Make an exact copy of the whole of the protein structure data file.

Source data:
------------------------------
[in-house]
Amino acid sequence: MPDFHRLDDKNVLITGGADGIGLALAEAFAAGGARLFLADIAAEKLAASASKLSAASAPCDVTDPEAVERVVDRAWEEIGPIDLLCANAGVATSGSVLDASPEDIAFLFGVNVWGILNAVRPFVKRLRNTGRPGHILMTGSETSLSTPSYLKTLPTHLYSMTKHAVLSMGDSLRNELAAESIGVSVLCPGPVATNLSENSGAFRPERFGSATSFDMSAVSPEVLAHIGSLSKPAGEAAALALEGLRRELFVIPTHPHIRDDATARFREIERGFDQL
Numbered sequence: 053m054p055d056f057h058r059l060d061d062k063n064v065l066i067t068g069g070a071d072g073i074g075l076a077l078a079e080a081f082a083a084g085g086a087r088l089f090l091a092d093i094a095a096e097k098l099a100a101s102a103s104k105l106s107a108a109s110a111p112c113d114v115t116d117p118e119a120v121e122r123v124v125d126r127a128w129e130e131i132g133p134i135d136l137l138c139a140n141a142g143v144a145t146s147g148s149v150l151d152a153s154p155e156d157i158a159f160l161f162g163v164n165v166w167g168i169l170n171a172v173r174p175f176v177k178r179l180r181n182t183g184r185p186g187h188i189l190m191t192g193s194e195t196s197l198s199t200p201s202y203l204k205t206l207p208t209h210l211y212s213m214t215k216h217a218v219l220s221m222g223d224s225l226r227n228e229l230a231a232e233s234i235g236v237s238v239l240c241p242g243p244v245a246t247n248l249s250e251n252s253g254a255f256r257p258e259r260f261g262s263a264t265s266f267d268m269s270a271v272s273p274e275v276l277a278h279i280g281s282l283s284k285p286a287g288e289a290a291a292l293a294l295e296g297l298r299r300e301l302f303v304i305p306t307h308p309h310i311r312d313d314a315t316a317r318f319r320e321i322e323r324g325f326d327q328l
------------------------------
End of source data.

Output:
[in-house]
Amino acid sequence: MPDFHRLDDKNVLITGGADGIGLALAEAFAAGGARLFLADIAAEKLAASASKLSAASAPCDVTDPEAVERVVDRAWEEIGPIDLLCANAGVATSGSVLDASPEDIAFLFGVNVWGILNAVRPFVKRLRNTGRPGHILMTGSETSLSTPSYLKTLPTHLYSMTKHAVLSMGDSLRNELAAESIGVSVLCPGPVATNLSENSGAFRPERFGSATSFDMSAVSPEVLAHIGSLSKPAGEAAALALEGLRRELFVIPTHPHIRDDATARFREIERGFDQL
Numbered sequence: 053m054p055d056f057h058r059l060d061d062k063n064v065l066i067t068g069g070a071d072g073i074g075l076a077l078a079e080a081f082a083a084g085g086a087r088l089f090l091a092d093i094a095a096e097k098l099a100a101s102a103s104k105l106s107a108a109s110a111p112c113d114v115t116d117p118e119a120v121e122r123v124v125d126r127a128w129e130e131i132g133p134i135d136l137l138c139a140n141a142g143v144a145t146s147g148s149v150l151d152a153s154p155e156d157i158a159f160l161f162g163v164n165v166w167g168i169l170n171a172v173r174p175f176v177k178r179l180r181n182t183g184r185p186g187h188i189l190m191t192g193s194e195t196s197l198s199t200p201s202y203l204k205t206l207p208t209h210l211y212s213m214t215k216h217a218v219l220s221m222g223d224s225l226r227n228e229l230a231a232e233s234i235g236v237s238v239l240c241p242g243p244v245a246t247n248l249s250e251n252s253g254a255f256r257p258e259r260f261g262s263a264t265s266f267d268m269s270a271v272s273p274e275v276l277a278h279i280g281s282l283s284k285p286a287g288e289a290a291a292l293a294l295e296g297l298r299r300e301l302f303v304i305p306t307h308p309h310i311r312d313d314a315t316a317r318f319r320e321i322e323r324g325f326d327q328l